But chasing Champions League dream would cost £200m
NEIL Lennon has revealed his desire to join Jock Stein and Martin O’Neill in the pantheon of great Celtic managers by winning the domestic treble, although the newly-crowned champions’ chief executive Pater Lawwell last night admitted that Scottish football needs to be more competitive.
In the aftermath of Lennon’s third consecutive title win as manager, clinched with Wednesday night’s 5-1 win over Partick Thistle at Firhill, he laid out his ambitions for further success at the club.
While reaching the Champions League group stage on an annual basis remains a priority, Lennon believes it would need a squad-building investment of around £200 million, way beyond Celtic’s current means, to become significant contenders in Europe beyond that. But, as he looks to further improve his team next season, Lennon has his sights firmly fixed on a monopoly of domestic silverware.
Only two managers in Celtic’s history – Stein in 1966-67 and 1968-69 and O’Neill in 2000-01 – have led the club to the treble of league, Scottish Cup and League Cup. Since the feat became possible following the inception of the League Cup 68 years ago, the treble has only been won 10 times. Rangers claimed the other seven under Bill Struth (1948-49), Scot Symon (1963-64), Jock Wallace (1975-76 and 1977-78), Walter Smith (1992-93), Dick Advocaat (1998-99) and Alex McLeish (2002-03).
Lennon, who has now won five trophies in four years as Celtic manager, saw this season’s treble bid end in September with a shock home defeat to Morton in the third round of the League Cup. Having also lost at home to Aberdeen in the fifth round of the Scottish Cup last month, Lennon is keen to make amends in the domestic knockout tournaments next season.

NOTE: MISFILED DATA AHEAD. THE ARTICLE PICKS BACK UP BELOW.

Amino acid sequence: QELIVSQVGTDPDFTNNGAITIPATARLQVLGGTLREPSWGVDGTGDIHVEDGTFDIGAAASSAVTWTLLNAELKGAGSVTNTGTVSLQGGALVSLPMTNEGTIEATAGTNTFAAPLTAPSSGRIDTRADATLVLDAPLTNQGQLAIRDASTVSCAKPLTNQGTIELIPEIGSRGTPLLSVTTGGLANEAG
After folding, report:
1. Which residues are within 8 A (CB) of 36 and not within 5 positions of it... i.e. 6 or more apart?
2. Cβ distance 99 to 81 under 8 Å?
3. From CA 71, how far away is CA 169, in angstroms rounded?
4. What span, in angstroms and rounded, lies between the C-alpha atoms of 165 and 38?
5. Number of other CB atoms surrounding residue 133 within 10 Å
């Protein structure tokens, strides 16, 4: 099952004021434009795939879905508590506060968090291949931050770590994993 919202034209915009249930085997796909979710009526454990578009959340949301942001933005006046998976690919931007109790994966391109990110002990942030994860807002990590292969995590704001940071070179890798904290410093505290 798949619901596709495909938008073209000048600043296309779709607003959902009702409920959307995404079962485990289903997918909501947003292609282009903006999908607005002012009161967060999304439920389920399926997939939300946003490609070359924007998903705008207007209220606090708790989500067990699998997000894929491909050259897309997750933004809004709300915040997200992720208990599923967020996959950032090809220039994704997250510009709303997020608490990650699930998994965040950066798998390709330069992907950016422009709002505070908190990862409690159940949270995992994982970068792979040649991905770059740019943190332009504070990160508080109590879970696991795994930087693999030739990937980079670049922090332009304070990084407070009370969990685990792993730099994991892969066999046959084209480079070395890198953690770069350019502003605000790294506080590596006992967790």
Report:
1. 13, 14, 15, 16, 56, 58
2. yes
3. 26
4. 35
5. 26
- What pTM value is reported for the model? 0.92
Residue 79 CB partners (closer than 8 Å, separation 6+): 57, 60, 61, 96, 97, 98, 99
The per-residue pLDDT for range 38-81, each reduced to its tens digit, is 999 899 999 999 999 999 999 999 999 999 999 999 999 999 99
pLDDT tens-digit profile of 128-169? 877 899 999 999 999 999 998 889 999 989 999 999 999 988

“I’d like to win a treble because that’s a difficult thing to do and I’ve come close to winning it a couple of times,” said Lennon.
“They are tough to achieve, especially when you are playing Champions League football as well. But that’s the incentive for me and an ambitious target. Whether or not I achieve it is another thing.
“I know the footsteps I’m walking in – I’ll probably never be remembered in the folklore of the club like some other managers. But I want to make my stamp on the place. I think that’s vital and it’s relative now. I hope people will remember me for a few years to come. Currently it’s important to find a team – without Rangers being around – who plays well in the current climate and plays better than everyone else as well.
“Everyone will make comparisons with other managers but we live in different times. I’m the manager of Celtic currently and I want to make the most of that time. Reaching milestones is important to me personally but not in the big scheme of things. What is important is the growth of the club. I would love us to be competing in the Champions League every year but it would cost £200m to build a team to be able to do that.
“It’s small steps for us. The Champions league group stage wasn’t great this season after a brilliant one last year. We will draw on that experience and try to qualify again next season. It’s important not just for Celtic but for the game here that we have that going into the season.”